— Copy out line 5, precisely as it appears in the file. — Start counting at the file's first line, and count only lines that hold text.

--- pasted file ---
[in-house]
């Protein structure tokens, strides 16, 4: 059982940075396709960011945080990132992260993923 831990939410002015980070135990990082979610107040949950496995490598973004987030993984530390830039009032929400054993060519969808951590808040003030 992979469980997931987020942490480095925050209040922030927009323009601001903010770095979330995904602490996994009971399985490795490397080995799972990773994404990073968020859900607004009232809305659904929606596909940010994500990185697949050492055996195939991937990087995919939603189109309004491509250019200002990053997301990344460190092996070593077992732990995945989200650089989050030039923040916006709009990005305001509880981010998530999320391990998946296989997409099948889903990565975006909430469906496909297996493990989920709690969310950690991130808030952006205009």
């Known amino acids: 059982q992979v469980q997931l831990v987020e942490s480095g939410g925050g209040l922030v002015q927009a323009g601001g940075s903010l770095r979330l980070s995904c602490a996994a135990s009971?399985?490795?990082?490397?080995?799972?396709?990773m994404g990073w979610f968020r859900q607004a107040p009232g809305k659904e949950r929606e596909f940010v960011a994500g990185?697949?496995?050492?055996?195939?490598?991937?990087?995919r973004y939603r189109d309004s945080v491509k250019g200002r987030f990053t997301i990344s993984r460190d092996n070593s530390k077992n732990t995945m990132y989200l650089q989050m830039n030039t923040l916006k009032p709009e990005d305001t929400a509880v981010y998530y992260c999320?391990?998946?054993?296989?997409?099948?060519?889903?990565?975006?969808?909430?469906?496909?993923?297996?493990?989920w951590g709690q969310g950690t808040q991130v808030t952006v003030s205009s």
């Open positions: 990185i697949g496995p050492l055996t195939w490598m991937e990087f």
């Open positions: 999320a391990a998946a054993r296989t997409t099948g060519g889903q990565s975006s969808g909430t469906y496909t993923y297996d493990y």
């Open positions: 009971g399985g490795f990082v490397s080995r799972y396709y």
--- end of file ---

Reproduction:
């Open positions: 999320a391990a998946a054993r296989t997409t099948g060519g889903q990565s975006s969808g909430t469906y496909t993923y297996d493990y």